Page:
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Evolutionary Psychology Meets Economics
on May 25, 2013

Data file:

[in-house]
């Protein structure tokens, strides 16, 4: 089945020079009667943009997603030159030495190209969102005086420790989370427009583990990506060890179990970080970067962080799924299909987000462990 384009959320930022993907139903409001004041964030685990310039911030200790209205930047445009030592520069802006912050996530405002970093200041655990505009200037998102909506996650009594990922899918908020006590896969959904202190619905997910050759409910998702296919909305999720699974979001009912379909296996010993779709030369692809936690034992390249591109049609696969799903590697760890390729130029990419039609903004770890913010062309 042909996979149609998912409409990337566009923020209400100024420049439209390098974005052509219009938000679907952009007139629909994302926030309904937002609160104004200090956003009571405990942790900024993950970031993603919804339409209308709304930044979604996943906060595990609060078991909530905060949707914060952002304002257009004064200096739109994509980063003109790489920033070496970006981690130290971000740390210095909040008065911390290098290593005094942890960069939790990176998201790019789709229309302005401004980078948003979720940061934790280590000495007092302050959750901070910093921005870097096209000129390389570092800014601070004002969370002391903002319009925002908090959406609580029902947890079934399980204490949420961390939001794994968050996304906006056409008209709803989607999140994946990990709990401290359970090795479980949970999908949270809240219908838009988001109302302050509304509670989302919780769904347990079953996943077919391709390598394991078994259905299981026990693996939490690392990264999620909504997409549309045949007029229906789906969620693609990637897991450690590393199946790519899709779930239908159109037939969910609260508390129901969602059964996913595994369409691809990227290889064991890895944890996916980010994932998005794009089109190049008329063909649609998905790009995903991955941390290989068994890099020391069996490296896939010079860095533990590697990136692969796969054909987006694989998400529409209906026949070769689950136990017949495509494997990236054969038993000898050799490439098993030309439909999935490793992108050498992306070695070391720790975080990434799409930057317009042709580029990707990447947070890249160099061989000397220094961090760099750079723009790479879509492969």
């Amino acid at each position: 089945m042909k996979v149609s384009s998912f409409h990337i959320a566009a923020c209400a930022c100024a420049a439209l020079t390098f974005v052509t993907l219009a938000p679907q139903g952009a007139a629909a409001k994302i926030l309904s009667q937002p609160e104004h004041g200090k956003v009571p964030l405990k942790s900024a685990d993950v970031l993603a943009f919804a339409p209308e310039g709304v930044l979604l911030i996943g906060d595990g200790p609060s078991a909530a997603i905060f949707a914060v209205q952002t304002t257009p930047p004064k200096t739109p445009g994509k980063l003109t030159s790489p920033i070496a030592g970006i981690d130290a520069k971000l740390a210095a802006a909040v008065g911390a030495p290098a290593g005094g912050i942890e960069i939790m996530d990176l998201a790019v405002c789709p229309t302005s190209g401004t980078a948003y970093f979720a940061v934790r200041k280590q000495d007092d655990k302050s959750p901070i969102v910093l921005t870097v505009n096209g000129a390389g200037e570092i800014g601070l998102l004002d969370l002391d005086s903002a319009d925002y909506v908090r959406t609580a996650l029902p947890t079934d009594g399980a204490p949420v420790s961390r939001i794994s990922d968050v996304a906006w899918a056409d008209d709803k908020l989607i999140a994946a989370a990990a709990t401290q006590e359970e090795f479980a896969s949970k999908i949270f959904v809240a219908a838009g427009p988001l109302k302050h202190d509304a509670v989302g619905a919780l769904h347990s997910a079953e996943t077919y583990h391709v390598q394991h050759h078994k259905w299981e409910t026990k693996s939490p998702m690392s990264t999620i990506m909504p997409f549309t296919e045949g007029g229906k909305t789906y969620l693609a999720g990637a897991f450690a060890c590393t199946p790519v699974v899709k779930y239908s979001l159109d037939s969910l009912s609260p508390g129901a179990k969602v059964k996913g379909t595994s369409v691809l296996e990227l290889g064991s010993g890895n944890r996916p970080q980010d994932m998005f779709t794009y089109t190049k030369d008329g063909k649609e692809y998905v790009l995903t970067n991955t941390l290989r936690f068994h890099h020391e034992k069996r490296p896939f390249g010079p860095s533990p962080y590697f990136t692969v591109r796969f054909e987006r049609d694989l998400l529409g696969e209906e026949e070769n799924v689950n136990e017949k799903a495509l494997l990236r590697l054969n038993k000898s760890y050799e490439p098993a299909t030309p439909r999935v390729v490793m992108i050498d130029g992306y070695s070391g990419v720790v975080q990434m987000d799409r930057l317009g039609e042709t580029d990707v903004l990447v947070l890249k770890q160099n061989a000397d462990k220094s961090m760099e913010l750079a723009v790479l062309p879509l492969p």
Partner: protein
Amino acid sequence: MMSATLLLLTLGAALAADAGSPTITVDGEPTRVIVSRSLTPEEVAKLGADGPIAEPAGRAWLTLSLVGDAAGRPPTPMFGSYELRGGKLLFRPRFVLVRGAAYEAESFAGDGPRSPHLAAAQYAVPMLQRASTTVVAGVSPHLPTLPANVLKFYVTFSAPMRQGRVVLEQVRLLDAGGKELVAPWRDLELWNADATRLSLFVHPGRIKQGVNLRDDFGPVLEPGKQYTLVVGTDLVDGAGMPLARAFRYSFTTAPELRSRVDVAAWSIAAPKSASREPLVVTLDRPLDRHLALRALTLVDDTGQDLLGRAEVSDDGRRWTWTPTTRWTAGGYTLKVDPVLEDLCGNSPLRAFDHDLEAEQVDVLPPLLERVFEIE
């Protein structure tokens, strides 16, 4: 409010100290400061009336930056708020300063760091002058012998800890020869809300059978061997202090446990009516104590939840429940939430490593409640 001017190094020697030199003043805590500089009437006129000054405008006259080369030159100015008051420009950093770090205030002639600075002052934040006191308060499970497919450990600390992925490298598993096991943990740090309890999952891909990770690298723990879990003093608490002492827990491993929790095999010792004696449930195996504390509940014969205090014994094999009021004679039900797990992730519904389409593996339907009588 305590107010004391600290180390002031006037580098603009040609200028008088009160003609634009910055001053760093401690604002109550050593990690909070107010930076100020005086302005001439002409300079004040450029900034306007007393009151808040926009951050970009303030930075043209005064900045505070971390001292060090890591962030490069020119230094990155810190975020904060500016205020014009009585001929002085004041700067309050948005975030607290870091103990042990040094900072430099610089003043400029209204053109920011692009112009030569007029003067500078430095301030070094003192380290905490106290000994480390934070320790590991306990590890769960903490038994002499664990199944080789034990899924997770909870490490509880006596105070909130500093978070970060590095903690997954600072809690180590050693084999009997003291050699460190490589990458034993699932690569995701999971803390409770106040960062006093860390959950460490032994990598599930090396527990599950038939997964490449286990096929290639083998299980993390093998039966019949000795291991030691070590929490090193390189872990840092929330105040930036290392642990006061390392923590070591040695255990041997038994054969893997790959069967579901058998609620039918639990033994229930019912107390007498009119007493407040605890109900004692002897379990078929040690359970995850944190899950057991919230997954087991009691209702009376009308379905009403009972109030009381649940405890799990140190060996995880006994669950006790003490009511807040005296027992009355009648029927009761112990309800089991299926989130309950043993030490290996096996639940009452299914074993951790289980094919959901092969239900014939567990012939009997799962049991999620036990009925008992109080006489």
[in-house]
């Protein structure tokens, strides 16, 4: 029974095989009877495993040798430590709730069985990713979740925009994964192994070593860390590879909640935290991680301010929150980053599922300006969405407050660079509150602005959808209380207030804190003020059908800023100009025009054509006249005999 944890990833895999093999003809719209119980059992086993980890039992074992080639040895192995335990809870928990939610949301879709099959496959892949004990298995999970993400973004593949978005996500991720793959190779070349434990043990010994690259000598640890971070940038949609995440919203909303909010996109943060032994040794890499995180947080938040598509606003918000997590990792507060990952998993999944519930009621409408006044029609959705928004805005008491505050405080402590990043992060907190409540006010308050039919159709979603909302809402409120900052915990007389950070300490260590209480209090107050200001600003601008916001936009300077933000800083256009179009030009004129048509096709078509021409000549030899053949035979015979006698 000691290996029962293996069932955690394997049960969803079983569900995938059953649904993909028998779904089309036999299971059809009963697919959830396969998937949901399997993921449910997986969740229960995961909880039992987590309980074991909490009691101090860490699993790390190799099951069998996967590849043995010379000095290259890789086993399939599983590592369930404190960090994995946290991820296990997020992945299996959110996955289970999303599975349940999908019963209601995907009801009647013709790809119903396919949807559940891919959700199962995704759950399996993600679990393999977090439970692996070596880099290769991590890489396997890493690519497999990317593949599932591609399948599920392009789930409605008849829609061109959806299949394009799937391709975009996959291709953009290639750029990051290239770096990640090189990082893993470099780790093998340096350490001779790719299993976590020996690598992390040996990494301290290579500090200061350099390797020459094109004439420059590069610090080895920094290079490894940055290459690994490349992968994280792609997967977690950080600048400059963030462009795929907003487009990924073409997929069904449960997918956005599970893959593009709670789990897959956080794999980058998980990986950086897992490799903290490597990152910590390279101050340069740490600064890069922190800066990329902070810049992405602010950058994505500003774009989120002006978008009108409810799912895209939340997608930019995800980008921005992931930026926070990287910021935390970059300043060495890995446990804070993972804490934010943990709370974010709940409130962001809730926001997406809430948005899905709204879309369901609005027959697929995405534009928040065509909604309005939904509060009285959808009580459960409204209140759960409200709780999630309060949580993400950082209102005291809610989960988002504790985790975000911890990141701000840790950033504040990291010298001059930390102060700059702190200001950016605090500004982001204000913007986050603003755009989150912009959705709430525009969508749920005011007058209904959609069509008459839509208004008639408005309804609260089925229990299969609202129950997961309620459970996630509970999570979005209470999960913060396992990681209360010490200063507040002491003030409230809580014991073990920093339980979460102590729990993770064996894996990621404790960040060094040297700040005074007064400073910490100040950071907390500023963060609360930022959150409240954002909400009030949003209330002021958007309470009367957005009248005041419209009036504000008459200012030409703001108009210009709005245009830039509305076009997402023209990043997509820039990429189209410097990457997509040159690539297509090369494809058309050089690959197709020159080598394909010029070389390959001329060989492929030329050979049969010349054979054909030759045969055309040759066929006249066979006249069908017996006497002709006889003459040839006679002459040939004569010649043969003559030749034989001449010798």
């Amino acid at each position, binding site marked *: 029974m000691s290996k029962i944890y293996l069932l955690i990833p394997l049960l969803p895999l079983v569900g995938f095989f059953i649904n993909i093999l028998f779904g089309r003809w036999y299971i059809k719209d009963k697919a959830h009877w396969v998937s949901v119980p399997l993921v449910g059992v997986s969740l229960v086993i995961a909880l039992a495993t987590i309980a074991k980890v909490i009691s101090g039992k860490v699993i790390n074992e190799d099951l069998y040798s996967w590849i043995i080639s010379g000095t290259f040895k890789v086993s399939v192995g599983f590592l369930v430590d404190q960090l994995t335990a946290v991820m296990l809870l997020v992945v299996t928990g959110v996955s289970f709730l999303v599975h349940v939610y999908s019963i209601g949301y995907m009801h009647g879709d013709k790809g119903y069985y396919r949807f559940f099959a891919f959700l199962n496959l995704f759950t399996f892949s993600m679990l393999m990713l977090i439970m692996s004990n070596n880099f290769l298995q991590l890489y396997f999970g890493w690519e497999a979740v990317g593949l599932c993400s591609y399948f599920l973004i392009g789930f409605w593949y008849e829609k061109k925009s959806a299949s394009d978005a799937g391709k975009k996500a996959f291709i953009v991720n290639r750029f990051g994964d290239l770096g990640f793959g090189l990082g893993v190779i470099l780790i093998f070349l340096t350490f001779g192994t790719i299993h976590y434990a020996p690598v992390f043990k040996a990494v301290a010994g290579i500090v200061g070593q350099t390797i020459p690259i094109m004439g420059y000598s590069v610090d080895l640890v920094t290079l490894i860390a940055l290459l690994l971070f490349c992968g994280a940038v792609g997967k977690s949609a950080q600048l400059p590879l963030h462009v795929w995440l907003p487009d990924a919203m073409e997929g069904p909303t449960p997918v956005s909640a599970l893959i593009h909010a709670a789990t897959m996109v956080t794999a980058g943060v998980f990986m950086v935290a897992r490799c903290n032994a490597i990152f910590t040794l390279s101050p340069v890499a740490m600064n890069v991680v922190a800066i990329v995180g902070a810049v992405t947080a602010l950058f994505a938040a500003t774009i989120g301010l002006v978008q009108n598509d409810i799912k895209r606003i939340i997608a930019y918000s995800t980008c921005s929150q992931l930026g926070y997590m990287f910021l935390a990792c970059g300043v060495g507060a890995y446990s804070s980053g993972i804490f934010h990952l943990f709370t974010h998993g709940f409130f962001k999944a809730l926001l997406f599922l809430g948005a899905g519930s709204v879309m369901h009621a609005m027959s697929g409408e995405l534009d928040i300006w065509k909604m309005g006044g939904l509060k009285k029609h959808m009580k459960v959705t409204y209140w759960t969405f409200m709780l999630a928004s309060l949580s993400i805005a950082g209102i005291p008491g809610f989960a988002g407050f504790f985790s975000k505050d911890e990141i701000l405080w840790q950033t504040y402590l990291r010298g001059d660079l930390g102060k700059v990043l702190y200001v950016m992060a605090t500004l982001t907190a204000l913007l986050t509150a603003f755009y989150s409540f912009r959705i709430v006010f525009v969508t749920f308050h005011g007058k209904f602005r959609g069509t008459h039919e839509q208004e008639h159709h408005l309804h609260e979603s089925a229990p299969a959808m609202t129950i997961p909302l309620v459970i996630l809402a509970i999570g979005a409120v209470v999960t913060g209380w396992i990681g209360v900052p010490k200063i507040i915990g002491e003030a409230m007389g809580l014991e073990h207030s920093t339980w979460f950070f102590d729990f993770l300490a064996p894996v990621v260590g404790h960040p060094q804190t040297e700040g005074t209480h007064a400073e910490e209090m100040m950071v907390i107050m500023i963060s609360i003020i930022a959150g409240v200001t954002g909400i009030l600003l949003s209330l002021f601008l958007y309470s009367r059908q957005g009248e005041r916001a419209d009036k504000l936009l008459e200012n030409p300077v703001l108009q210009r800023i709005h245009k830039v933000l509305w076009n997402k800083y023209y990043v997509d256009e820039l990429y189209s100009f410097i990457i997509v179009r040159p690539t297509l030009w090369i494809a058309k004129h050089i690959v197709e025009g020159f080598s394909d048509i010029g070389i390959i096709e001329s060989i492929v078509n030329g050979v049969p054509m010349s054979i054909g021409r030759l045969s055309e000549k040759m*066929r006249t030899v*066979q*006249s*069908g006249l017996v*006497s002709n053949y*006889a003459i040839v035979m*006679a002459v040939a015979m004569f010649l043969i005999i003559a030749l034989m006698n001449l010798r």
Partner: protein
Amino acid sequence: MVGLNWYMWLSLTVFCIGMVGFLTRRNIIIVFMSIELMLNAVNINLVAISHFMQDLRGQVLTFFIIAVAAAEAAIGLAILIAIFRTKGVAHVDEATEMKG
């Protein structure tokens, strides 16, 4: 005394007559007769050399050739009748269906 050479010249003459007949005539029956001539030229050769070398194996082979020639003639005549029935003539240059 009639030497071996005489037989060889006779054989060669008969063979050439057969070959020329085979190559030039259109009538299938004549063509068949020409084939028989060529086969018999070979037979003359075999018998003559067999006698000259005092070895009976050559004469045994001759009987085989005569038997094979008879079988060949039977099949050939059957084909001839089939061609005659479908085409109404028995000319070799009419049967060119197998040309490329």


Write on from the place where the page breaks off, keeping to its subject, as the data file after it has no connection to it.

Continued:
Seabright brings our understanding of economics to a deeper level by rooting it not just in a natural desire to trade but in the ability - developed over the last ten thousand years - to trust our fate to outsiders. Humans have developed institutions to increase our material well-being based on the knowledge that if I do my job, you will do yours, and together we could prosper. He replaces Adam Smith's 'self-interest' with the idea of 'tunnel vision' that allows us all to function within a division of labor and a system of market exchanges. Unfortunately, this advantage brings its own disadvantage in that excessive tunnel vision permits us to lose sight of the bigger picture, and thus fail to protect ourselves against such problems as over-speculative financial activities, environmental degradation, etc. Government is not necessarily the cure because those engaged in governmental institutions suffer from the same tunnel vision. The challenge is to create institutions to solve problems by enhancing our trust - within and among nations. So while Seabright presents no game-changing answers to our problems, he puts the questions themselves on a different footing by focusing on the advantages and the fragility of trust.